The use of natural fibres in Fijian culture is so pervasive and ingrained into the very fabric of life in Fiji before contact. Fibres from a wide variety of endemic plant species have a diverse range of uses, from boatbuilding to the construction of bores (the traditional Fijian house). Weapons and clothing, baskets for food collection and fishing nets and traps, hunting traps and marking of rank in hierarchy with the kinds of body adornment and clothing—all are made with local plant and tree fibres. In pre-contact, and to some degree in contemporary Fiji, the system of trade was barter, whereby different provinces and places were known for producing a certain type of products. To this day this tradition remains of certain regions of Fiji still produce these cultural products.
The island of Vatuline in the southern part of the group of island in Fiji is famed for the white masi that they produce. Masi is the bark of the Mulberry tree that is stripped and processed. It was used in ceremonial clothing for special occasions and also highly regarded as a form of customary gift. It was usually stored and given as gifts in ceremonies of marriage, funerary gifts and other forms of cultural occasions. It is these kinds of high quality cultural products that fosters trade and relationships in Fiji and continues to do so in modern day Fiji. Another product that was highly prized is magimagi. This is a very fine rope-like fibre product that is made from processed coconut husk. It is used in a variety of different ways. Magi magi is made in the Lau group of island, in the northern part of Fiji, very close to Tonga. This cultural product too was a sought after product that fostered trade and traditional relationships that continues today.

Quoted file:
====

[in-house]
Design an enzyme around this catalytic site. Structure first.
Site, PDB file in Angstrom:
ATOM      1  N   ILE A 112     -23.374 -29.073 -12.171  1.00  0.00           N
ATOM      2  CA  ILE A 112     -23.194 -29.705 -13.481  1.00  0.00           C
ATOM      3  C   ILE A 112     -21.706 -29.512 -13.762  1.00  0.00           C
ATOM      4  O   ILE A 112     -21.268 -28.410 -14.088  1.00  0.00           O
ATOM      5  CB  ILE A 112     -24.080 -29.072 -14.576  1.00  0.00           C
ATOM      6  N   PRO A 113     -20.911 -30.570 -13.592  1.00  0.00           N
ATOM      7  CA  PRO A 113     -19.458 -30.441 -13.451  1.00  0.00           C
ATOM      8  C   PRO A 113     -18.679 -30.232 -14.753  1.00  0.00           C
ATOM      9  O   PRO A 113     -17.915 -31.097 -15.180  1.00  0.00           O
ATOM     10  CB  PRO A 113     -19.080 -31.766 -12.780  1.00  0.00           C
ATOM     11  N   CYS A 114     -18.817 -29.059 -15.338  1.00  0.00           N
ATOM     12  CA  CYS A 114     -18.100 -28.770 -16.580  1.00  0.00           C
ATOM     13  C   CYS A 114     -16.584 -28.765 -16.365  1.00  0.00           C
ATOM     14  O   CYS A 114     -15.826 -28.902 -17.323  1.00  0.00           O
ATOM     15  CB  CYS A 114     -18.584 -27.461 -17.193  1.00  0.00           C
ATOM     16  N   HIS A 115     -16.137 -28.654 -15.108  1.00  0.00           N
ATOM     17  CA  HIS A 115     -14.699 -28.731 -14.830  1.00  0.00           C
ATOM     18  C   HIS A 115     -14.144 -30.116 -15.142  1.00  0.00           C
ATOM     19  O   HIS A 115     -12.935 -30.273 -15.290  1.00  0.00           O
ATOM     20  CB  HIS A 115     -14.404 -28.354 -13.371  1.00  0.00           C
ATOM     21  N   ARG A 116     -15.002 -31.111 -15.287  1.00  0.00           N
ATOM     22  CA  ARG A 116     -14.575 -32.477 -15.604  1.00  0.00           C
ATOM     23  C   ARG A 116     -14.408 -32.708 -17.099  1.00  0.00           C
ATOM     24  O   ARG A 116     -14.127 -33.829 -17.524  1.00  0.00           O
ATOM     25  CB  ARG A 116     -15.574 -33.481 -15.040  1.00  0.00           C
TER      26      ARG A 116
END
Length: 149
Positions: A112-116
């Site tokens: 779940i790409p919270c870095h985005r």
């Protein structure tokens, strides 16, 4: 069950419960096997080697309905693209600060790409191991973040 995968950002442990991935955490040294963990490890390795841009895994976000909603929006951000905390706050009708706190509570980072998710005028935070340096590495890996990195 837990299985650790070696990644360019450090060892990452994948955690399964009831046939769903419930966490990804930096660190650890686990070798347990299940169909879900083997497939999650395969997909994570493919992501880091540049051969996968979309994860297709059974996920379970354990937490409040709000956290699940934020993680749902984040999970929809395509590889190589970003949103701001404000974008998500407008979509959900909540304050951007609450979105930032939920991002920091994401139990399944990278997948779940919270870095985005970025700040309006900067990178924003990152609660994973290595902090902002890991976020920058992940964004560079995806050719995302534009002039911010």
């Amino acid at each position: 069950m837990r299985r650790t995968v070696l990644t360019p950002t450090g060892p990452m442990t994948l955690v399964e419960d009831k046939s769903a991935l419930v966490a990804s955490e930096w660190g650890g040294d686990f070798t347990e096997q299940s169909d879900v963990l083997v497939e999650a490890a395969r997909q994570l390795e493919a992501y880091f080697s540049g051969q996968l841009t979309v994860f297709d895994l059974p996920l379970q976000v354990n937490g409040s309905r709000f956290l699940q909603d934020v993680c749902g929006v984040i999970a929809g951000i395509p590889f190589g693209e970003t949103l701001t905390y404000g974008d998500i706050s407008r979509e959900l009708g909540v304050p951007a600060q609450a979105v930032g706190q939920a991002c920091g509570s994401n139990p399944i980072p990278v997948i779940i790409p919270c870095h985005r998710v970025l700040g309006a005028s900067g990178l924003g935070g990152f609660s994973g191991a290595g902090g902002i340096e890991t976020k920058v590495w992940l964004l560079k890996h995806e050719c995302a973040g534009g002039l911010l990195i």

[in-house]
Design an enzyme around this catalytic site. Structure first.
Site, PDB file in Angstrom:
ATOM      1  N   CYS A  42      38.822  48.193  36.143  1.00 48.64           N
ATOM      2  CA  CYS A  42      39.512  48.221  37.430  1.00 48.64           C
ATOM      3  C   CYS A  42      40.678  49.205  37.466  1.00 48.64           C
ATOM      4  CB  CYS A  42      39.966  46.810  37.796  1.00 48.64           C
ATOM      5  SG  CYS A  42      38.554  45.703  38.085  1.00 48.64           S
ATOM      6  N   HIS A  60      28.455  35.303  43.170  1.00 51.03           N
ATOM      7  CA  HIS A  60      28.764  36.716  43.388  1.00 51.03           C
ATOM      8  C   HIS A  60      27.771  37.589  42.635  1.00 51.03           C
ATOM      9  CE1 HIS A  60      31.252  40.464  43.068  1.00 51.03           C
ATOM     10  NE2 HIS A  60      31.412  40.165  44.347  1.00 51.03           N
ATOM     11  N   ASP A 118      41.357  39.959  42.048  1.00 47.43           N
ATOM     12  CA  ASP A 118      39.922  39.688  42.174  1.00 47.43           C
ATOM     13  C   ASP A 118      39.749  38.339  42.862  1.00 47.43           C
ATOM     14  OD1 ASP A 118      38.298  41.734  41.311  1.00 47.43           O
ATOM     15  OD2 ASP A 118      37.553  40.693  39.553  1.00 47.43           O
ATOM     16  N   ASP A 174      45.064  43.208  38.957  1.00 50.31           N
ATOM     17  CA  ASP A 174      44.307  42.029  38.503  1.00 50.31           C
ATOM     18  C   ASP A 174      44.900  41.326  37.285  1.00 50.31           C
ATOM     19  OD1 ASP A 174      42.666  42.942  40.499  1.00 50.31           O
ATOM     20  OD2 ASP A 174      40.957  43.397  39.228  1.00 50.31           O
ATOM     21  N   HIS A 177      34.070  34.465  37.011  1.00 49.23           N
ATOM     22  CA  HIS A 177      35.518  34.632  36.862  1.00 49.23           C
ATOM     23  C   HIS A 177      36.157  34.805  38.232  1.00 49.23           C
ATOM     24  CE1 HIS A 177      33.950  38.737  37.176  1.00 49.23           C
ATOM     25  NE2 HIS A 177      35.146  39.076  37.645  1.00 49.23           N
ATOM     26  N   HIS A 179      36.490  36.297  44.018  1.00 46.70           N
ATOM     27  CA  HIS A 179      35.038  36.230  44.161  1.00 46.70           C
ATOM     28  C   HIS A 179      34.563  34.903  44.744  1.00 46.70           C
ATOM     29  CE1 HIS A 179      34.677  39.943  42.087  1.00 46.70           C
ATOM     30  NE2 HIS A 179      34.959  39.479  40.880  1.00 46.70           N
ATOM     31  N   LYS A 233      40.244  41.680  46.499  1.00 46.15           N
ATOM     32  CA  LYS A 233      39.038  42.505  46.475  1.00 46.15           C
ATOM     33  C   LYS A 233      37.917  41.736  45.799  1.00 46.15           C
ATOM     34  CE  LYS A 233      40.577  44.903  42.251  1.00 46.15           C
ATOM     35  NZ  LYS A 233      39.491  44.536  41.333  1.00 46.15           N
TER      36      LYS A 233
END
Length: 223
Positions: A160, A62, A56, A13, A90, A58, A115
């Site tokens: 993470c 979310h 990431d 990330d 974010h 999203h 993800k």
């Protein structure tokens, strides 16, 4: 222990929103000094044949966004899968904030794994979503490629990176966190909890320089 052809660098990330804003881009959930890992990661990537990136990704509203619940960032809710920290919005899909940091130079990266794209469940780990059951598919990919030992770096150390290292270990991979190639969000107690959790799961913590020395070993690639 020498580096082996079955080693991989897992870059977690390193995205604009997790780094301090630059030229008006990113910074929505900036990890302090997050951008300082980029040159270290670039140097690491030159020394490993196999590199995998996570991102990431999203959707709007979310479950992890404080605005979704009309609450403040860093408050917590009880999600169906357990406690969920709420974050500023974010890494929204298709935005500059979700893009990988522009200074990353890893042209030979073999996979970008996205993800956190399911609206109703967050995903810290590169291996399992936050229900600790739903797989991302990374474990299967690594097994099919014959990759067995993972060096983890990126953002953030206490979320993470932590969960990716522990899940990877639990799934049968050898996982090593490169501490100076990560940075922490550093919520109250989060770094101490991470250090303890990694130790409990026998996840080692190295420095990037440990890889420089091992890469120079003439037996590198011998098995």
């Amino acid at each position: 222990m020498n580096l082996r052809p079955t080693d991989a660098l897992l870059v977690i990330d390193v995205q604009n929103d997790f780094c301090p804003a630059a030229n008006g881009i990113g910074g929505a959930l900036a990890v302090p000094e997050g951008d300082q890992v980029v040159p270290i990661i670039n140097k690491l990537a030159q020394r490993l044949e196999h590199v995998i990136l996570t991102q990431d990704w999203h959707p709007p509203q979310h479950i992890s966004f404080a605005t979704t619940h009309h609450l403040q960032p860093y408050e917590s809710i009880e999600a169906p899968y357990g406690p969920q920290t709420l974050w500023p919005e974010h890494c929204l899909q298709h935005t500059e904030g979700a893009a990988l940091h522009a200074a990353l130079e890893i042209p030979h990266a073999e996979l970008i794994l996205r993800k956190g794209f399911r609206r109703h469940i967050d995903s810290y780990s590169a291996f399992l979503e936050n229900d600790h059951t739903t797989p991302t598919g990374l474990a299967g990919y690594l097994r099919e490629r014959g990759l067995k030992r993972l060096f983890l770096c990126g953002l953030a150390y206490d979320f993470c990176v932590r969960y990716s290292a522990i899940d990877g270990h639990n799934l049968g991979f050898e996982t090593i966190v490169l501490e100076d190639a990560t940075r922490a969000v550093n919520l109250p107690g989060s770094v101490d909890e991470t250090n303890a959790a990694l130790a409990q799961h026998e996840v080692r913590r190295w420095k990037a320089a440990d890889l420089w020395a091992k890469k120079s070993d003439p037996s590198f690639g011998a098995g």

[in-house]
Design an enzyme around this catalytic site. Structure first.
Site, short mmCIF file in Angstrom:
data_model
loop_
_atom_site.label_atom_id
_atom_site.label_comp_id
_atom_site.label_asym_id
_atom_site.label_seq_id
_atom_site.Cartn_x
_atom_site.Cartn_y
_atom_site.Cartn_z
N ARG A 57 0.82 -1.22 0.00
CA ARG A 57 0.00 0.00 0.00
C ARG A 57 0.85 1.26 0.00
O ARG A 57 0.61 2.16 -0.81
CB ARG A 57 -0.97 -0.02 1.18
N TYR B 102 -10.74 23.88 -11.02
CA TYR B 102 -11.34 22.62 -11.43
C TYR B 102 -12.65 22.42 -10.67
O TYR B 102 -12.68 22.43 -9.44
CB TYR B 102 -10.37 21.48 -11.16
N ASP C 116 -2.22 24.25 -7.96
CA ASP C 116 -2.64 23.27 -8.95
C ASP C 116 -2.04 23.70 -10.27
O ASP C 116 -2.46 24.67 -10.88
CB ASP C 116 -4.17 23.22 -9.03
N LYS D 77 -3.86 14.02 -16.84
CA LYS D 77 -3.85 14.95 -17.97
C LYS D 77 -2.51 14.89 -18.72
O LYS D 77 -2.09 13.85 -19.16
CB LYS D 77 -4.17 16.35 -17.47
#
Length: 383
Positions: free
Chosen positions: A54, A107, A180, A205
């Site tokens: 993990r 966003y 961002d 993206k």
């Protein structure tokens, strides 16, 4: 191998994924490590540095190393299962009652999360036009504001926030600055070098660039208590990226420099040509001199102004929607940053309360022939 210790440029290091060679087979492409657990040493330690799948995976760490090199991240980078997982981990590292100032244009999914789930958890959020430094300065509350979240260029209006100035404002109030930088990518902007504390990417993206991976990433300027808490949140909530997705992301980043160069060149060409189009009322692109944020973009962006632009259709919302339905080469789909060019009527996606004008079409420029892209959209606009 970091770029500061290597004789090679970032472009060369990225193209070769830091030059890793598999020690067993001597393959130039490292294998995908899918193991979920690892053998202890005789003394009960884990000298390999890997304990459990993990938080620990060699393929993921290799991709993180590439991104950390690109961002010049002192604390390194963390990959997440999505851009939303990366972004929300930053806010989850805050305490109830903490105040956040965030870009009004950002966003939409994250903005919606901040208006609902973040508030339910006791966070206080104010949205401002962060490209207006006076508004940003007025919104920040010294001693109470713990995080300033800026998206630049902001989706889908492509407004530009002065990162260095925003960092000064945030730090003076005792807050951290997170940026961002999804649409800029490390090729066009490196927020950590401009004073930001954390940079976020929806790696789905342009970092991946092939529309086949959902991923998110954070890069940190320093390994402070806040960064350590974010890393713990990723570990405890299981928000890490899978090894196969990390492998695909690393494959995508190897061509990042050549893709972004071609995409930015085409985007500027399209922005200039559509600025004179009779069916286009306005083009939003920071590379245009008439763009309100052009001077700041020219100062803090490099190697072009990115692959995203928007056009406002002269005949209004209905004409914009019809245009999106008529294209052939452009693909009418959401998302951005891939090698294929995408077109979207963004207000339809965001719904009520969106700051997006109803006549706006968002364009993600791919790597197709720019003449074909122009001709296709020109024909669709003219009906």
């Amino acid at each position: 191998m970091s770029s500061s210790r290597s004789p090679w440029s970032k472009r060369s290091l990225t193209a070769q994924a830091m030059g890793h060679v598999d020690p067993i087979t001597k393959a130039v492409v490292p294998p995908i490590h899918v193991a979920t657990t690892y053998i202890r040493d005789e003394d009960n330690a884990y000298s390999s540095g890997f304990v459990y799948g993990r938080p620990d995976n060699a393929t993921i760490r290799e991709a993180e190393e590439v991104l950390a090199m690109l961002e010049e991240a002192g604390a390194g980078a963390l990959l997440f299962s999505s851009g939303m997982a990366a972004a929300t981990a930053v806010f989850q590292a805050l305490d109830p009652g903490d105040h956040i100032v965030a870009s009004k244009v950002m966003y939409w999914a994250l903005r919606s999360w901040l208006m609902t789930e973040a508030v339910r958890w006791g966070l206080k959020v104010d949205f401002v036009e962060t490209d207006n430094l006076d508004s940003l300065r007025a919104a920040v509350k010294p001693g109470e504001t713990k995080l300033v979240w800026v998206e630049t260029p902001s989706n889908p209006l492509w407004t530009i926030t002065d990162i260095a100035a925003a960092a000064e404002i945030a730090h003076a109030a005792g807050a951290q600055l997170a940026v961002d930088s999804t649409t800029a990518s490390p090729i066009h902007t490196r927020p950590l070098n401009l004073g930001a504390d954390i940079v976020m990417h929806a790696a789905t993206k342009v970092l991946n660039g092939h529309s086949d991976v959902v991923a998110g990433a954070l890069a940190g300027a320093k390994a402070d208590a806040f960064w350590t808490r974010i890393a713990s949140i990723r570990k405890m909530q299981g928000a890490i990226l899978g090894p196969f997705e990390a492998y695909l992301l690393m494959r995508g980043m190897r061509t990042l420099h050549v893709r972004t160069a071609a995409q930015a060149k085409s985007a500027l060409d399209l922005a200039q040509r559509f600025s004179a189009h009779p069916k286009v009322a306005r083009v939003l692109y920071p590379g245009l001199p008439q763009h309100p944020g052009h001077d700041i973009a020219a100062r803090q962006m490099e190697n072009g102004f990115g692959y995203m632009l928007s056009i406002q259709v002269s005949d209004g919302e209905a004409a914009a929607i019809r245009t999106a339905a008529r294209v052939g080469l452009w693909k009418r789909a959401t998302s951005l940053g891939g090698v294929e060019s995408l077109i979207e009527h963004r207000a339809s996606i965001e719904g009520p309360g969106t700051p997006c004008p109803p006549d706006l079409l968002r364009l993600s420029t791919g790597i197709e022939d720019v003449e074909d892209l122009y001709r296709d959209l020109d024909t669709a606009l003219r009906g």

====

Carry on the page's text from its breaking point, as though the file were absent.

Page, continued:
Today, many cultural products made from natural fibres still remain within the Fijian consciousness. Most Fijian now buy these products with a very small and dwindling number of crafts people engaged in the process of production. The tourism industry in Fiji is currently the biggest income earner. Cultural products are a feature. However, its cultural meaning and significance is lost in the commercial translation. Fiji has 14 different provinces, each with its own dialects, traditions, ideas of personhood, beliefs and traditions. They have their own bags, weaponry, fishing nets and traps, that are unique to other islands. The current challenge from a commercial perspective is to develop a branding that reflects the deep cultural value of the product.